Backyard wildlife shouldn’t be secret

Backyard wildlife shouldn’t be secret

 

By A TIMES EDITORIAL

Published September 19, 2007

 

 

Too often, government’s actions defy logic. A state commission Thursday rejected a rule requiring the owners of exotic wildlife to notify neighbors if they keep a dangerous animal on the property. That means an entire class of wildlife – tigers, lions, bears, rhinos, gorillas, even the Komodo dragon – can live, even escape, in our communities without any public notice.

 

The Fish and Wildlife Conservation Commission bought the canard by animal owners that such a rule violated their rights, an assertion so ridiculous it takes a bite out of common sense. The rule was appropriate and reasonable. It would have required owners to notify neighbors the wildlife was there and to alert police, fire and animal control authorities in the event of an escape.

 

"There are probably pit bulls out there that are more dangerous than what some of these people are keeping," commissioner Ron Bergeron said. He misses the point. The wildlife commission doesn’t regulate the pit bull as Class 1 wildlife. Leopards, jaguars, elephants and buffaloes are in a different class. As we saw last year at Tampa‘s Lowry Park Zoo, when a tiger escaped and was shot to death inside the park, even the best facilities are vulnerable to human error. Killing the rule only saves the owners a momentary hassle and a few bucks.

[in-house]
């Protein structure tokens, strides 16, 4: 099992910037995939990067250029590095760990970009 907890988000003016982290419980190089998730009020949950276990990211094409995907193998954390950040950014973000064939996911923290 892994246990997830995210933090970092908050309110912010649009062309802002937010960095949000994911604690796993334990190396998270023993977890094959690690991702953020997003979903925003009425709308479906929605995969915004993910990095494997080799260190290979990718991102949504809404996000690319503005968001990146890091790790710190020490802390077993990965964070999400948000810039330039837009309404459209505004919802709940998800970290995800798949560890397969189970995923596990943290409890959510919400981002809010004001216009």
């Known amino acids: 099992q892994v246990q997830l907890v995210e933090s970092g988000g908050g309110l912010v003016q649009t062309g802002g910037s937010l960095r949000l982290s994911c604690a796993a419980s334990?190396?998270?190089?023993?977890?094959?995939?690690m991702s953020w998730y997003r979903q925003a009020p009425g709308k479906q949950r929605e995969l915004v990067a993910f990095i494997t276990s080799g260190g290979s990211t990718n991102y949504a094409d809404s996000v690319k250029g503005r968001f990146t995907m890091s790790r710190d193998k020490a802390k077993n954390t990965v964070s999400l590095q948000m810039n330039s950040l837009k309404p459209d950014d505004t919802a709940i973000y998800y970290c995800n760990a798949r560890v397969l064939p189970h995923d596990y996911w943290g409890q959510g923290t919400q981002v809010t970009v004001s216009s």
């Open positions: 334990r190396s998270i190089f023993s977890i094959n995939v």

A commission spokesman said Friday the board may consider a watered-down rule in December. It would require notification to authorities only in an emergency. That doesn’t do the neighbors much good. The public deserves to know where these animals are, and it shouldn’t take a crisis for communities to safeguard themselves. The commission should revive the rule in December.

 

In the meantime, think twice before you look over the back fence.

 

 

 

 

 

   Jen

 

Jennifer Hobgood, Ph.D.

 

Regional Coordinator

 

The Humane Society of the United States

 

Southeast Regional Office

 

1624 Metropolitan Circle Suite B

 

Tallahassee, Florida 32308

 

(850) 386-3435

 

(850) 386-4534 Fax

 

 

On the web:  www.humanesociety.org

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